Date of Award




Document Type


Degree Name

Doctor of Philosophy (PhD)


School of Criminal Justice

Content Description

1 online resource (xii, 168 pages) : illustrations.

Dissertation/Thesis Chair

Dana Peterson

Committee Members

David McDowall, Pamela Smock, Heather Washington


Adolescence, Delinquency, Family Instability, Life-course, Juvenile delinquents, Juvenile delinquency, Families, Family crises

Subject Categories

Criminology | Demography, Population, and Ecology | Sociology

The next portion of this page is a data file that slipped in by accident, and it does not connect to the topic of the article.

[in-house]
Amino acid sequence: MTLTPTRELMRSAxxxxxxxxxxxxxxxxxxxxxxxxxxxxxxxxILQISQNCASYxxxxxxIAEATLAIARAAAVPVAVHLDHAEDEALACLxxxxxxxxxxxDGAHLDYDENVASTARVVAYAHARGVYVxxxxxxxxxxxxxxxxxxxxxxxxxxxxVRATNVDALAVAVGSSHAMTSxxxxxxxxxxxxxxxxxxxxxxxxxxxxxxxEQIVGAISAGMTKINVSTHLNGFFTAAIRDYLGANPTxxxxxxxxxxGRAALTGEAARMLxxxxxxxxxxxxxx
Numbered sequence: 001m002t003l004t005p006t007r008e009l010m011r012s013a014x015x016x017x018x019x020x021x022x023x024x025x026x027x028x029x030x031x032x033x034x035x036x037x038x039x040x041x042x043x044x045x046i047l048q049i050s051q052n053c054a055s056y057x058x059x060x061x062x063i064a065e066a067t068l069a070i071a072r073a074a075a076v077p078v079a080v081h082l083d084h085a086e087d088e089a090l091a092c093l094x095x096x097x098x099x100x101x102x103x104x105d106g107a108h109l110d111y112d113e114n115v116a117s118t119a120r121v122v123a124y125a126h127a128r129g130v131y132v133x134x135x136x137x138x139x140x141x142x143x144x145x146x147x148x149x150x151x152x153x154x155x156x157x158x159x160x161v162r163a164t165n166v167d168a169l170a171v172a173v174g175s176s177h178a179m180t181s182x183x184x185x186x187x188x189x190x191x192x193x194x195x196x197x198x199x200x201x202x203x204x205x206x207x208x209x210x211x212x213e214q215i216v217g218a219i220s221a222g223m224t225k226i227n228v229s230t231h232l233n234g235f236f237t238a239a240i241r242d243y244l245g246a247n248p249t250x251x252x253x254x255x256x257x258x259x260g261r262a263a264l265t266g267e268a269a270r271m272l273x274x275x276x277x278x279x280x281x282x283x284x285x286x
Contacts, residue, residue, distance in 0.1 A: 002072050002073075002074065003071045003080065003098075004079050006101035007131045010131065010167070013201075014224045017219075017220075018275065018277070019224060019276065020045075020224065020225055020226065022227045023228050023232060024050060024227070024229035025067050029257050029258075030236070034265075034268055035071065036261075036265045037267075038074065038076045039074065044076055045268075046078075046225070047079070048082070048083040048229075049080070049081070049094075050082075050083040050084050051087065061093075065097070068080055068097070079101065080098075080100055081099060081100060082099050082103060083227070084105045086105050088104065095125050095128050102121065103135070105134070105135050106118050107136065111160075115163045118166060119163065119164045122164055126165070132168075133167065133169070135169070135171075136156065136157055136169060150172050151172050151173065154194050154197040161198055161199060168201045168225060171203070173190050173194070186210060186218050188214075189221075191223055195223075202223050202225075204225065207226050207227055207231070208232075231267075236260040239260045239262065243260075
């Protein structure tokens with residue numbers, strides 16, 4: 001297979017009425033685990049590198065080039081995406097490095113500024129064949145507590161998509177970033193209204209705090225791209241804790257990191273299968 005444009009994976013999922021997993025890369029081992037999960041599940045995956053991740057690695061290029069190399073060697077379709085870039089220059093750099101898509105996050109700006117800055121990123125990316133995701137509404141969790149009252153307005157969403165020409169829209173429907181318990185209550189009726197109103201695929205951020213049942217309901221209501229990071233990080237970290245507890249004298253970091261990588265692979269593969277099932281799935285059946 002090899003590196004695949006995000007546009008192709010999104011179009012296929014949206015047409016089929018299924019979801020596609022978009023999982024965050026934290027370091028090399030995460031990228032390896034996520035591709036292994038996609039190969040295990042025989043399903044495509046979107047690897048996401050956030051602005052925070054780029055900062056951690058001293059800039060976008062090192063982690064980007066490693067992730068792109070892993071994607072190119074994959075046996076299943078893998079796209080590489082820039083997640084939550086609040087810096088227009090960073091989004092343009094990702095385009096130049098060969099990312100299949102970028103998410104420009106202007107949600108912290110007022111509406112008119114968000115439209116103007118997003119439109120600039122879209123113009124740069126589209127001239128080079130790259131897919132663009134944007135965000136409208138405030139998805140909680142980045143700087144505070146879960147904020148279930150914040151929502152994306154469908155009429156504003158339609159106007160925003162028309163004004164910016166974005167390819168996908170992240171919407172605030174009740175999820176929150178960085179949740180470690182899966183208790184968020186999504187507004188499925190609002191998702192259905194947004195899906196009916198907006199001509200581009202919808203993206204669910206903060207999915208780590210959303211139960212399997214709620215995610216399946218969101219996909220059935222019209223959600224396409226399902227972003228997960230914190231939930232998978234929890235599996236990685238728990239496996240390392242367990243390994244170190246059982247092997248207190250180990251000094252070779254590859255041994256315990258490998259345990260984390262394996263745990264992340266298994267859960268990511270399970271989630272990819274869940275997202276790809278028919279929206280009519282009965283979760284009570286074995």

“A family’s resources and the doors they open cast a long shadow over children’s life trajectories…This view is at odds with the popular ethos that we are makers of our own fortune.” (Alexander, Entwisle, & Olson, 2010, pg. 1). Perhaps no aspect about an individual’s life is not shaped in some way by their family. In fact, it could be surmised that families set the stage for all later outcomes in the life-course. An event in a family such as family instability could play an important role in shaping an individual’s behavior and outcomes in their life course. However, heterogeneity might exist among those that experience specific forms family instability. The dissertation utilizes a life-course theory lens to develop a theoretical framework for understanding whether and how family instability can influence delinquent behaviors. Expanding on what is already known, the dissertation is comprised of three parts. The first part of the dissertation will examine whether family instability or specific types of family instability influence specific delinquent turning point mechanisms. The second part will focus on whether family instability (or specific types of family instability) influences different forms of delinquency (general, property, and violent, delinquency, and substance use). Finally, the dissertation will examine whether family instability or specific forms of family instability indirectly influence different forms of delinquency and through the delinquent turning point mechanisms. To examine these relationships I will use self-reported student data collected as part of the second National Process and Outcome Evaluation of the Gang Resistance Education and Training program (G.R.E.A.T II).